Prime Minister Narendra Modi during his 2019 Independence speech announced the Jal Jeevan mission that aimed to provide water supply to every rural household in Bharat. The Gajendra Shekhawat-led Jal Shakti ministry oversees the implementation of the rural household water mission. His ministry used the lockdown as an opportunity and prepared and implemented state-wise plans.
Incidentally, water is a State subject but the Centre provides a major share of funding. The mission said that ₹3.60 lakh crore has been earmarked to achieve the goal of providing safe and adequate drinking water to all households in rural Bharat by 2024.
At the start of the Jal Jeevan mission in 2019, out of a total of 19.20 Crore rural households in the country, only 3.23 Crore (16.8%) had tap water supply. During the last 25 months, despite Covid-19 pandemic and lockdowns disruptions, Jal Jeevan Mission, has been implemented with speed and 5.12 crore additional households have been provided with piped water connections. With this increase in coverage, presently 8.35 Crore (43.4%) rural households across the country have tap water supply.
A total of 1,18,812 villages and 81 districts in the country now have 100% tap water supply.
- The Union budget had allotted ₹10,001 crore in 2019-20 for the national rural drinking water mission.
- In 2020-21, ₹11,500 crore was provided.
- The Union budget for 2021-22 allotted ₹50,000 crores.
- In early 2019, only 2% of rural households in Bihar had running tap water. In just two years, 88% of Bihar rural households have tap water connections.
- The states faring better than Bihar are Goa (100% connections), Telangana (100%) and Haryana (99.24%).
- Goa, Telangana, Andaman & Nicobar Islands, Dadra and Nagar Haveli and Daman & Diu and Puducherry have all achieved 100% tap water supply in rural areas.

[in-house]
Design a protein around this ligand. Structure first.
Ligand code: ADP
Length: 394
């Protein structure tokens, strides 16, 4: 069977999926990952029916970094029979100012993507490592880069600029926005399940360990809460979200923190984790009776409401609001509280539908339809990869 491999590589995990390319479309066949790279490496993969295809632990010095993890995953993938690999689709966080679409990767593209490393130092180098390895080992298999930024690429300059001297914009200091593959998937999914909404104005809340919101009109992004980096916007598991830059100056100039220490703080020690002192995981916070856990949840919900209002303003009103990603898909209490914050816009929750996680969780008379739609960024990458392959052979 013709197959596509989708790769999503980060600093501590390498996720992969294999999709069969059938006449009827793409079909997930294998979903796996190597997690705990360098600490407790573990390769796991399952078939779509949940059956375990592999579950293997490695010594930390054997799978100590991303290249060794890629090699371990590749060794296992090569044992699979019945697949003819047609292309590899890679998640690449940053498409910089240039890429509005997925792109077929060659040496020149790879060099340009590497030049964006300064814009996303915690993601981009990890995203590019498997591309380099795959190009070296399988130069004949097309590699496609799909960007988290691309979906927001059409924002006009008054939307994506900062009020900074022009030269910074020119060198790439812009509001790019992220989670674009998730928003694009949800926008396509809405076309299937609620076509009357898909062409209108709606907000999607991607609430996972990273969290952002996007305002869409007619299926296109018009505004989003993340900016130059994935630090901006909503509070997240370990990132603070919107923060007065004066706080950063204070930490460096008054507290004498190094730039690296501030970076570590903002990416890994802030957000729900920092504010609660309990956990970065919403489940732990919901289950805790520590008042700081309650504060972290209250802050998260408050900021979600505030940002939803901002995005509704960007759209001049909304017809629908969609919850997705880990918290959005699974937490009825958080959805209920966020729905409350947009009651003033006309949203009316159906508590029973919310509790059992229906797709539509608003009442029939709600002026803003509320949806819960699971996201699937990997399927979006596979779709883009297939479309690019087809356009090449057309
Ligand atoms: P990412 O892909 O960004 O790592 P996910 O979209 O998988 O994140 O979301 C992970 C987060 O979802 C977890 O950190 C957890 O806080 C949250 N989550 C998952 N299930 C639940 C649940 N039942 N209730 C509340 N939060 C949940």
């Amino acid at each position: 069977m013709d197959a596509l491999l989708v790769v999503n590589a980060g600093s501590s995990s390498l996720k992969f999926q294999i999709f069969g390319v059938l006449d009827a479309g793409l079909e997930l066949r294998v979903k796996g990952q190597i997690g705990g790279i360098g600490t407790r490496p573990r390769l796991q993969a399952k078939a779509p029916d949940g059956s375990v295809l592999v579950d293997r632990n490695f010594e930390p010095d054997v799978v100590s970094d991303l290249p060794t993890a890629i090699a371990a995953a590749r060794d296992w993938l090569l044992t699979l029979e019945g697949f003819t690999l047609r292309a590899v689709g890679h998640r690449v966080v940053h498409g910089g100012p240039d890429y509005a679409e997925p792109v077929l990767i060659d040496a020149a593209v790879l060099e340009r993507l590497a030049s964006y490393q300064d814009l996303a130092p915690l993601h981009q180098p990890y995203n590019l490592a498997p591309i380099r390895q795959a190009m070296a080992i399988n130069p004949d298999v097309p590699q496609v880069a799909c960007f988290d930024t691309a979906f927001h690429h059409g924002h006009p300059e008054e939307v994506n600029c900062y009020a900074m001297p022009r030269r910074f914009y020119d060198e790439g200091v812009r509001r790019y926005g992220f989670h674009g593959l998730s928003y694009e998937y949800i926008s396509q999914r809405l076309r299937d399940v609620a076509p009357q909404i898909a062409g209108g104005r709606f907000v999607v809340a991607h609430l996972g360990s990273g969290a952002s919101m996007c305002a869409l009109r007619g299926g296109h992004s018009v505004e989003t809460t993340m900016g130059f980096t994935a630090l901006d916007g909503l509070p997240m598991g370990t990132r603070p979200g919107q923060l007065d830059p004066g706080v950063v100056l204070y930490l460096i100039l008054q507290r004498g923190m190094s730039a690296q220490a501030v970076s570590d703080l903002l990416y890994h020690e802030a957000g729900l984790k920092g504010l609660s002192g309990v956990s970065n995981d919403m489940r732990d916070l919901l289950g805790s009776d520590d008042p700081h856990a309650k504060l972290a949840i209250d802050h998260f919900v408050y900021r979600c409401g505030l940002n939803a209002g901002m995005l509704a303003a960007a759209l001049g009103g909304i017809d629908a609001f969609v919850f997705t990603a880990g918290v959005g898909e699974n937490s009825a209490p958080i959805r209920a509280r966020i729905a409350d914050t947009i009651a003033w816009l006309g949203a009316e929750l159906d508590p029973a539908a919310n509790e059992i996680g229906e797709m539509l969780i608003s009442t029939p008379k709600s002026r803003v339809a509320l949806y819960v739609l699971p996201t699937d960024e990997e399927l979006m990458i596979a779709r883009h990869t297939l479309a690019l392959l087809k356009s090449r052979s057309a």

- Telangana took its share of rural households with tap water from 29% in 2019 to 100% now.
- 70.13% of rural households in Gujarat, 34.02% in Maharashtra and 17.15% in Tamil Nadu had tap water. They have improved this to 88%, 66.74% and 37.3% respectively
According to Niti Aayog’s classification, aspirational districts are those where socio-economic indicators are lower than the national average and lag behind in infrastructure development. These are the homes of the poorest in Bharat. These districts are given a priority when it comes to laying water infrastructure.
Similarly, priority is also accorded to areas with higher Scheduled Castes and Scheduled Tribes population. This has led to a faster rate of implementation in the poorest of the poor areas. There has been a four-fold increase in the rate at which functional piped water is being provided to households in 117 aspirational districts.
Water supply to these districts is being prioritized and water connections here have overtaken the national average under the flagship Jal Jeevan Mission. Over a third of all households in aspirational and Japanese-encephalitis-endemic districts of the country now have clean piped water under the Mission.
About 1.12 crores or 38% of all households in Japanese-encephalitis endemic districts now have access to clean piped water. This water is critical to improving health outcomes and is up from about 3% in 2019. Another 1.18 crore households, or 35% of the total, have been provided with tap water connections in the aspirational districts, up from 8% in 2019.
However, experts point out that a key challenge is to maintain the sustainability of water supply sources to ensure that villages do not fall back to “no-water” status after a few years. Cutting down the overuse of water in agriculture, which hogs 90% of available supply, is important.
Agriculture’s demand for water is disproportionately huge because of free electricity leading to wastage and a lot of incentives like MSP for crops such as paddy, causing rapid depletion of groundwater. This is one more reason for the so-called farmers protest centred in Punjab to wrap up and go home.